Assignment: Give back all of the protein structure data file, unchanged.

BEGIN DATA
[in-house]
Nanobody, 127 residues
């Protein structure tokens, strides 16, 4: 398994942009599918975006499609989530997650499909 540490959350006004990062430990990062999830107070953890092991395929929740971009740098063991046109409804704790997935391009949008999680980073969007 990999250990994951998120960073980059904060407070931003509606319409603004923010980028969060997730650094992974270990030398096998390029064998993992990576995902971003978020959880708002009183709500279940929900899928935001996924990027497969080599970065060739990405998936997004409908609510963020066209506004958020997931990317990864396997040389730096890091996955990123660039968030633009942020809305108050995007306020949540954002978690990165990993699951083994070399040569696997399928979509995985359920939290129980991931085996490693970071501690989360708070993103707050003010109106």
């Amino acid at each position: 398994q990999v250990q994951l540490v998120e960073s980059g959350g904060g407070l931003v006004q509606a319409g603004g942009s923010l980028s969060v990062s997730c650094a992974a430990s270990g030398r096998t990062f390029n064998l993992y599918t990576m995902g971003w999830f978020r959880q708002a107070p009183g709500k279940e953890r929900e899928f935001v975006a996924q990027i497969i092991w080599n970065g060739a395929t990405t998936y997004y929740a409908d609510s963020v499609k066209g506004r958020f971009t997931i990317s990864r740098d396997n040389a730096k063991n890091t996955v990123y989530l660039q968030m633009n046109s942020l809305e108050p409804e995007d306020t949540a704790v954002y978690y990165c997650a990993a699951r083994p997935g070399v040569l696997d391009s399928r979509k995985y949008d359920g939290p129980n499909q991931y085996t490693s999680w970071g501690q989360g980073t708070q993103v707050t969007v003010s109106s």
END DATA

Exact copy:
[in-house]
Nanobody, 127 residues
């Protein structure tokens, strides 16, 4: 398994942009599918975006499609989530997650499909 540490959350006004990062430990990062999830107070953890092991395929929740971009740098063991046109409804704790997935391009949008999680980073969007 990999250990994951998120960073980059904060407070931003509606319409603004923010980028969060997730650094992974270990030398096998390029064998993992990576995902971003978020959880708002009183709500279940929900899928935001996924990027497969080599970065060739990405998936997004409908609510963020066209506004958020997931990317990864396997040389730096890091996955990123660039968030633009942020809305108050995007306020949540954002978690990165990993699951083994070399040569696997399928979509995985359920939290129980991931085996490693970071501690989360708070993103707050003010109106």
């Amino acid at each position: 398994q990999v250990q994951l540490v998120e960073s980059g959350g904060g407070l931003v006004q509606a319409g603004g942009s923010l980028s969060v990062s997730c650094a992974a430990s270990g030398r096998t990062f390029n064998l993992y599918t990576m995902g971003w999830f978020r959880q708002a107070p009183g709500k279940e953890r929900e899928f935001v975006a996924q990027i497969i092991w080599n970065g060739a395929t990405t998936y997004y929740a409908d609510s963020v499609k066209g506004r958020f971009t997931i990317s990864r740098d396997n040389a730096k063991n890091t996955v990123y989530l660039q968030m633009n046109s942020l809305e108050p409804e995007d306020t949540a704790v954002y978690y990165c997650a990993a699951r083994p997935g070399v040569l696997d391009s399928r979509k995985y949008d359920g939290p129980n499909q991931y085996t490693s999680w970071g501690q989360g980073t708070q993103v707050t969007v003010s109106s």